Neuralink: A Bold Experiment from the Tech Mogul? by Yixiao Song

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Posted in 2024 The Gnovis Blog  |  Tagged , , , , , ,

By Yixiao Song

Yet another of Elon Musk’s rockets exploded recently; the company prefers the euphemism “rapid unscheduled disassembly.” One wonders what euphemisms Musk will use for his potentially disastrous experiments with human brains. Neuralink, the biotech company founded by Elon Musk, received FDA approval for its first human clinical trial last May. Neuralink’s ambitious goal is to develop implantable brain-computer interfaces, helping people with paralysis to restore their motor, sensory, and even visual functions by implanting a coin-sized chip into the area of the brain that controls the intention to move. The procedure requires invasive brain surgery, and the device was classified as Class III, the FDA’s highest risk level, requiring pre-market studies of safety and effectiveness. 

Brain-computer Interface (BCI) is not a new concept—the technology has been widely studied for the past 50 years. The earliest animal experiment from UCLA on brain-computer communication took place in the 1970s, and much progress has been made since. BrainGate, a pioneering organization on developing BCI technology, can decode speech from brain signals at 125 words per minute, to restore fluent conversational speech to individuals impacted by neurological damage or disease. The Chang Lab at UC San Francisco has achieved significant advancements in recording brain activities and translating them into audible synthetic speech with accurate facial movements on an avatar. In contrast, Neuralink’s presentation on how its chips can capture the brain signal of a pig and predict its limb movement using implant data looks downright primitive. 

Perhaps to overtake more sophisticated competitors, Neuralink appears to have jumped the gun, planning human trials despite being in the early stages of animal experiments. They may have rushed the animal experiments too. In 2022, Neuralink faced federal scrutiny for potentially violating animal welfare rules after one monkey died in an experiment. An animal rights group revealed botched animal experiments. A revealing Reuters interview of 20 current and former employees revealed concerns that Musk relentlessly pushed to expedite development, allegedly resulting in unnecessary animal deaths. Neuralink eventually passed USDA inspections and received its investigational device exemption (IDE) to conduct its first human trial approval from the FDA in 2023. 

Elon Musk’s vision extends beyond merely aiding individuals with quadriplegia; he seeks to forge a symbiotic relationship between human and machine intelligence. While companies like Synchron strive to develop solutions through minimally invasive procedures that don’t involve open brain surgery, Neuralink embraces a more aggressive approach, arguing that its strategy amplifies the bandwidth of communication.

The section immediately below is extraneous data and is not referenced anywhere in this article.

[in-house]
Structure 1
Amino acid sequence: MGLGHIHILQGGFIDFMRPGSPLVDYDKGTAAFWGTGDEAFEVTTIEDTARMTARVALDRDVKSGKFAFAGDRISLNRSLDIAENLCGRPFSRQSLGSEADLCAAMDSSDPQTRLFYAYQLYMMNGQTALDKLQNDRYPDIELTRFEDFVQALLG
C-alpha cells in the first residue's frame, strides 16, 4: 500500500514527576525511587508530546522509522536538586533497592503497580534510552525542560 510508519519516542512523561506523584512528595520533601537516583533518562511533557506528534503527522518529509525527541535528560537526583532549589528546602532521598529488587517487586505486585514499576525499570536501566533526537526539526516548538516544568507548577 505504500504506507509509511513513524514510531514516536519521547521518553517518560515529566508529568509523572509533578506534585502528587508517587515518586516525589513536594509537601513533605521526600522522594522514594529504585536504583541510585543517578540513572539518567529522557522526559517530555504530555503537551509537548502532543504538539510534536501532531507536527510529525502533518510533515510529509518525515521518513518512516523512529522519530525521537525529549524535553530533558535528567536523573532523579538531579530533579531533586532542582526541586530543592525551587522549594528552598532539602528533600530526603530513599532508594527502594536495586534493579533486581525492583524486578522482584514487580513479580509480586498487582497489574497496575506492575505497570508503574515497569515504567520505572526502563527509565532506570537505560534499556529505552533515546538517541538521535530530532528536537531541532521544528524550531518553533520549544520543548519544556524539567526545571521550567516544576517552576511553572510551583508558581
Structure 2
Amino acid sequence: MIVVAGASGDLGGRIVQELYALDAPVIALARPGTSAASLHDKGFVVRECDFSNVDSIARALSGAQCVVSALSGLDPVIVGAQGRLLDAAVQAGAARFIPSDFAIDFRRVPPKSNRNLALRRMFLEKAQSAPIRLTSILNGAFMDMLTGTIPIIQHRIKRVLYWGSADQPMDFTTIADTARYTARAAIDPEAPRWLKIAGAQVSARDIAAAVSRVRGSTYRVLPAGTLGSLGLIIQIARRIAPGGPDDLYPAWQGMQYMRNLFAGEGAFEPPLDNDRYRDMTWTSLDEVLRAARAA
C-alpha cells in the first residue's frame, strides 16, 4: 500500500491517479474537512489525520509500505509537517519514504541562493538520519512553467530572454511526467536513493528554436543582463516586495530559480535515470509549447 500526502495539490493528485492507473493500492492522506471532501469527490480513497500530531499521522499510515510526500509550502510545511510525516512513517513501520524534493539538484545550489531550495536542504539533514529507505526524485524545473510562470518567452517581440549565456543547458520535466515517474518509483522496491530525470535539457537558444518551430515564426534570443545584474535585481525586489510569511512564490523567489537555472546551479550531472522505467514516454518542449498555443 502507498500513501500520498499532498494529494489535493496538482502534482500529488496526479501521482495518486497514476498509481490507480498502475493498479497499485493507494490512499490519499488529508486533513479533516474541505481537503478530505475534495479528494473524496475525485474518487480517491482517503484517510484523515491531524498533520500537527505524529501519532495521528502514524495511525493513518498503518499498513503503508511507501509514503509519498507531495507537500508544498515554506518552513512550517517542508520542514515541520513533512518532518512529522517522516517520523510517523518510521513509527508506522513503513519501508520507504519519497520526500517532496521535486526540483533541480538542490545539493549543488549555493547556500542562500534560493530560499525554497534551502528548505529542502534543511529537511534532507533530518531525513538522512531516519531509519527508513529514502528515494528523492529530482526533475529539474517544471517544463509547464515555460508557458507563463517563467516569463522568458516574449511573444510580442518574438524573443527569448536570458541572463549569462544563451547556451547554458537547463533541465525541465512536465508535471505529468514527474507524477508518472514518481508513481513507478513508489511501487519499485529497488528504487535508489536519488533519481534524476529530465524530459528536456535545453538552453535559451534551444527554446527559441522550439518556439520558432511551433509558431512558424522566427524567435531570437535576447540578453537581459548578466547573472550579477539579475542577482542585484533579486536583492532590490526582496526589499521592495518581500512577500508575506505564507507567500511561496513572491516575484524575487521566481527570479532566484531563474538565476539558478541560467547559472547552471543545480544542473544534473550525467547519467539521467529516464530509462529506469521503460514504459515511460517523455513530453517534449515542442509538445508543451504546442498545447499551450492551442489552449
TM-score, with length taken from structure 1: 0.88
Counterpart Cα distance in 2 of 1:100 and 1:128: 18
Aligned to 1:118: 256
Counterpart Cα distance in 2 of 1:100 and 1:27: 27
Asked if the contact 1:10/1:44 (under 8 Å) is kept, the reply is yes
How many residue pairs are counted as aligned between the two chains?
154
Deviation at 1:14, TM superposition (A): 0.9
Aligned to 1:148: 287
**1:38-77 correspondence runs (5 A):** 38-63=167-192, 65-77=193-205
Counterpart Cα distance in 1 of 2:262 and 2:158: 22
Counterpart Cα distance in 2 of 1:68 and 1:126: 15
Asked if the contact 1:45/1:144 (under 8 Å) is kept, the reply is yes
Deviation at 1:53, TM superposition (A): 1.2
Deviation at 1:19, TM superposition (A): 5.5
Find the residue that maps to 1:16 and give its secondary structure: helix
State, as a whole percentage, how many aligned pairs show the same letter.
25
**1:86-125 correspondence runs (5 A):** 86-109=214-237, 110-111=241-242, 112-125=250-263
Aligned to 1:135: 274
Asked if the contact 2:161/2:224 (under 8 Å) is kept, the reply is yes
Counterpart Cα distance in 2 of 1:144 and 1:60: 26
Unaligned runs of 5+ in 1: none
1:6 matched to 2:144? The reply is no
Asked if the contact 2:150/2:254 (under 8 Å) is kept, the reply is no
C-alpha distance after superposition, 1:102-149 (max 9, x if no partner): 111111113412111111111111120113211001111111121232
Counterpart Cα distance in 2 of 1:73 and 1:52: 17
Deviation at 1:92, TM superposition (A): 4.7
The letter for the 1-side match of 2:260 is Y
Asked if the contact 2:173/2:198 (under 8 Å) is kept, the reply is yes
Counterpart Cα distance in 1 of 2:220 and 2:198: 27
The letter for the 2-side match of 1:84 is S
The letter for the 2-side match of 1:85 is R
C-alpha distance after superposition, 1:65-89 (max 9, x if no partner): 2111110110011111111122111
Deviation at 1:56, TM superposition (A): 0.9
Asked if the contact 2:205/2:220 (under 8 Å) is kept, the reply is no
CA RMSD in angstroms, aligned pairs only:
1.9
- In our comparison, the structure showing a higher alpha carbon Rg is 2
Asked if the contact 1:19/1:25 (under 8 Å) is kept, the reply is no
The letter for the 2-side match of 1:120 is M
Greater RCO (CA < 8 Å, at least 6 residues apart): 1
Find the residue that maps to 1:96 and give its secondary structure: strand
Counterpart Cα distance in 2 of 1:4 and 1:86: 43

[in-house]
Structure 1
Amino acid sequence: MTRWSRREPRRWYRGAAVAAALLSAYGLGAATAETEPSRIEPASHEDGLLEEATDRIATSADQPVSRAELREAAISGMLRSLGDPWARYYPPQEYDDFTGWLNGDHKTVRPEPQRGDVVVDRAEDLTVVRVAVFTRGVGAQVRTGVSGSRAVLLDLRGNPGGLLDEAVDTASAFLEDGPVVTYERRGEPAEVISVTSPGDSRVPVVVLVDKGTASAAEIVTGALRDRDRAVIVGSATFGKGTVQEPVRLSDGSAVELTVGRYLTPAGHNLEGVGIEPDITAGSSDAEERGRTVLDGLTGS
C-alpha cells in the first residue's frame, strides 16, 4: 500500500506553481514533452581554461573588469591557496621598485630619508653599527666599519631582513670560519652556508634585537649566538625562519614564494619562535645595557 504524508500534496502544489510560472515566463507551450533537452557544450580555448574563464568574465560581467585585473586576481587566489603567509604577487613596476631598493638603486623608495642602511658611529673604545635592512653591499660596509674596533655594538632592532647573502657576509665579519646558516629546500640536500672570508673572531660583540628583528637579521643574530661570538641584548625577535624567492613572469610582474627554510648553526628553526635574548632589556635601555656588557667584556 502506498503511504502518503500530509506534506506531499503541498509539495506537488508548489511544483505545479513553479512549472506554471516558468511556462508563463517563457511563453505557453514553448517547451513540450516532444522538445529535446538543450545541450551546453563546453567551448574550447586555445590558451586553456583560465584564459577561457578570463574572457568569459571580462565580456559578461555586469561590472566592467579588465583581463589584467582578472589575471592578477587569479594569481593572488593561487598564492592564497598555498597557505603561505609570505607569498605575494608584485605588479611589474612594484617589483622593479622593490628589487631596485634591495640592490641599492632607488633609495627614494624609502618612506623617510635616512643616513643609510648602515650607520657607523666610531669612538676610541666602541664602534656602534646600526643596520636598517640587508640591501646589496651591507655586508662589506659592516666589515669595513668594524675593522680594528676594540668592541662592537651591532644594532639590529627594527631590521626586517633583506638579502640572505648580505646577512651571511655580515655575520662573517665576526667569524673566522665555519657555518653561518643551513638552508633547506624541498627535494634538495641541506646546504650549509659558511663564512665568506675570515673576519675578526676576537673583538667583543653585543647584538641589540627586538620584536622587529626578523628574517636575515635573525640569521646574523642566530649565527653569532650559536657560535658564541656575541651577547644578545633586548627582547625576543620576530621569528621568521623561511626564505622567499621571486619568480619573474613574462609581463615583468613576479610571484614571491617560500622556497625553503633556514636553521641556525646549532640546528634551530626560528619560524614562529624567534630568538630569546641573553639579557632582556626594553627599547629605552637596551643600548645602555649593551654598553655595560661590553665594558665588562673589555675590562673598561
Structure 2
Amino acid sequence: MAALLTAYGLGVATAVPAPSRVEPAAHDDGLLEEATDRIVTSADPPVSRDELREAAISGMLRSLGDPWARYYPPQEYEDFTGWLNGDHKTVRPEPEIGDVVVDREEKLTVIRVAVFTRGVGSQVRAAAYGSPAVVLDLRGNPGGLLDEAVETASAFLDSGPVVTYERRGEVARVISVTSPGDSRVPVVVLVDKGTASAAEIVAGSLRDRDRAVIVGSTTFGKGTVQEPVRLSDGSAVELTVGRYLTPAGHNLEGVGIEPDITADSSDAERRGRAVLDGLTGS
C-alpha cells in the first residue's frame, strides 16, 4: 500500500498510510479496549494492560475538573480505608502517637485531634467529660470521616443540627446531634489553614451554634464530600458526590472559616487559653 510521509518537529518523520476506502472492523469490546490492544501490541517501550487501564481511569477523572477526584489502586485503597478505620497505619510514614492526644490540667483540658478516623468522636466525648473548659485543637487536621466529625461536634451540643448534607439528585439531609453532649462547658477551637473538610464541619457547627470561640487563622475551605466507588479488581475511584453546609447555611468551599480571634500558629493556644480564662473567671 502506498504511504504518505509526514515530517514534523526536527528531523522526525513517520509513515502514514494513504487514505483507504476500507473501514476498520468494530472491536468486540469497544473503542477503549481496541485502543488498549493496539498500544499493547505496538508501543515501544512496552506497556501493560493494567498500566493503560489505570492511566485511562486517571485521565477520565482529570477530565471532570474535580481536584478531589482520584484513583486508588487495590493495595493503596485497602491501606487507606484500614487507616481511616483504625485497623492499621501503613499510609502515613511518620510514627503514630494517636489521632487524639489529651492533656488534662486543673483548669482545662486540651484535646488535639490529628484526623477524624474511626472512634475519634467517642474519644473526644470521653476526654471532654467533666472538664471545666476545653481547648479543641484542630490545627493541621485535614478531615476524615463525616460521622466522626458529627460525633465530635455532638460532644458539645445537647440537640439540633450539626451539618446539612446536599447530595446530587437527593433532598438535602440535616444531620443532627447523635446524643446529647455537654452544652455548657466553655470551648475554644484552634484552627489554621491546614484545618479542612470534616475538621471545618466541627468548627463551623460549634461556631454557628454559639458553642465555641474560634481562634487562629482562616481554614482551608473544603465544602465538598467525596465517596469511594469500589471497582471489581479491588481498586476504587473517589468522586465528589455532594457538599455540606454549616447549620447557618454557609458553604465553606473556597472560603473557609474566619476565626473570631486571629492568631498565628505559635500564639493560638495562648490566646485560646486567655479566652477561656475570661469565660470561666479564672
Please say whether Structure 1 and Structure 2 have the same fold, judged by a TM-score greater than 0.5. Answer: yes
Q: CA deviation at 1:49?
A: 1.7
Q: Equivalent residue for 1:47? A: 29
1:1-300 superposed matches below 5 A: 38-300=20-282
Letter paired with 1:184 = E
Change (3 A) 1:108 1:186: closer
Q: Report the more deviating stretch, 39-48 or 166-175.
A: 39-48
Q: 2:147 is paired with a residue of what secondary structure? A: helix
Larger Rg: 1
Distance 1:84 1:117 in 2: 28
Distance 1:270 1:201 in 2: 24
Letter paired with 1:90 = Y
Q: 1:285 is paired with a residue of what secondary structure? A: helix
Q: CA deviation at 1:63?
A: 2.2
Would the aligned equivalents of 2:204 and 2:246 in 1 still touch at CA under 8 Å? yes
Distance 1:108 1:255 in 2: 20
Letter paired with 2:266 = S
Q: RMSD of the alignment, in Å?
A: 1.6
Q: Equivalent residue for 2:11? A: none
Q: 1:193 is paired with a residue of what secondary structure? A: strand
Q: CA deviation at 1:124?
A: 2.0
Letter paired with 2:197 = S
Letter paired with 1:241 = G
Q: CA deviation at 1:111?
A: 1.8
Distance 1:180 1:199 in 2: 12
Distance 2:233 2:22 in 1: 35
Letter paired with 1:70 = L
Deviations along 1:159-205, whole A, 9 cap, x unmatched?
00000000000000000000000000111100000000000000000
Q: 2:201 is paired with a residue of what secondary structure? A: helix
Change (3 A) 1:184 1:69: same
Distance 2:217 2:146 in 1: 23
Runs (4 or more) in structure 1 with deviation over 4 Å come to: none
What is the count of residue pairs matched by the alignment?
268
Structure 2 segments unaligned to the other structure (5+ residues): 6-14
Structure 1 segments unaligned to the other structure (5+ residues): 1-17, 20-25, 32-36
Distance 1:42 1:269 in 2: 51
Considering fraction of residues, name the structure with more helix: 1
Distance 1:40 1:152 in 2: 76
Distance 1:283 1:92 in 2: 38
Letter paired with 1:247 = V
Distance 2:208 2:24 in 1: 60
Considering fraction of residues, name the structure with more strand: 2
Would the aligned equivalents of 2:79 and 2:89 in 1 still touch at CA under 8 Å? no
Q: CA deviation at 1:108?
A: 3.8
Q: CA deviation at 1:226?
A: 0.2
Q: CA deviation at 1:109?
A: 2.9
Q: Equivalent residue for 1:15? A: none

“AI will diverge from us just because it can’t talk to us, …it [will get] bored and [leave]” Musk explained, referring to how Neuralink will enhance human conversation with AI by amplifying our communication output and input through brain signals in his interview with New York Times.

The question looms: Does this open the floodgates to accessing more data from our brains, as the website boldly claims, “to scale up the number of electrodes for better robustness and higher information throughput” and “to unlock human potential tomorrow”? 

Although the current focus of this technology lies predominantly in motor rehabilitation, it’s not much of a reach to assume that this groundbreaking innovation will eventually find its way into commercial applications, with disturbing ethical implications. There is already a growing market for wearable BCI devices, like headphones designed to optimize performance by collecting neural activity data. 

While launching a rocket into the sky may afford room for error, the landscape of invasive brain surgery is a vastly different terrain. Here, failure isn’t merely a setback; it could potentially maim or kill people. The stakes are undeniably high, prompting the need for monitoring the ethical tightrope Neuralink is navigating in its pursuit of groundbreaking advancements. 

The Nature Journal uncovered that 18 neurotechnology companies have terms and conditions compelling users to surrender ownership of their brain data. What’s even more concerning is that nearly all these companies retain the option to disseminate sensitive data to third parties. This underscores the pressing need for ethical considerations and robust regulations as we tread into the uncharted territory of human-machine symbiosis. 

Mainstream acceptance of Brain-Computer Interfaces (BCI) may not be far away, but regulatory agencies should proceed with caution with invasive BCI devices. This pertains to the far-reaching and enduring impact on the public’s “NeuroRight,” or ownership of their neurons and their thoughts. Are ventures like Neuralink’s bold experiments challenging the boundaries of human potential, or are they engaging in reckless experimentation on humans intending to commercialize our thoughts?


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